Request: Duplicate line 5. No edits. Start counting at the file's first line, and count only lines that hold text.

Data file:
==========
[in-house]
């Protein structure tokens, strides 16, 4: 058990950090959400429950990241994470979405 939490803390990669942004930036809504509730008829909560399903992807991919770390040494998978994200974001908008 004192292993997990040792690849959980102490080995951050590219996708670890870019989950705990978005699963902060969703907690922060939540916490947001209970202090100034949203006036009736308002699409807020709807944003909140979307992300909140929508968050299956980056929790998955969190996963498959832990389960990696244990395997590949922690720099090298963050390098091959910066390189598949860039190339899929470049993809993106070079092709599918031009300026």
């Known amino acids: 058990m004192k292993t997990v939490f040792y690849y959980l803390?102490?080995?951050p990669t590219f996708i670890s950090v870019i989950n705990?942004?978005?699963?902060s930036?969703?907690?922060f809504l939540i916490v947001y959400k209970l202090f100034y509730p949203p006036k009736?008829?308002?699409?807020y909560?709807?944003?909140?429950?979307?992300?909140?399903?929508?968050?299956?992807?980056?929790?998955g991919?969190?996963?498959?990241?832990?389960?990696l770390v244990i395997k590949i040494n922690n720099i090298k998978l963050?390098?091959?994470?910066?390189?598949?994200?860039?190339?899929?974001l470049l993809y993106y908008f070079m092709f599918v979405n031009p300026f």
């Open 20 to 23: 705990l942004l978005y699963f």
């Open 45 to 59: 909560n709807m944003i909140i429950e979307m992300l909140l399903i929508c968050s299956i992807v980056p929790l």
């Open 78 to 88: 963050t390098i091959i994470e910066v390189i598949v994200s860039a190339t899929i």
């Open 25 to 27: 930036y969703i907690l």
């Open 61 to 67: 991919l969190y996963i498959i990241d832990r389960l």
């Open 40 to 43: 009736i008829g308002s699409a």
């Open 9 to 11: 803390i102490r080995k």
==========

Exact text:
């Open 45 to 59: 909560n709807m944003i909140i429950e979307m992300l909140l399903i929508c968050s299956i992807v980056p929790l």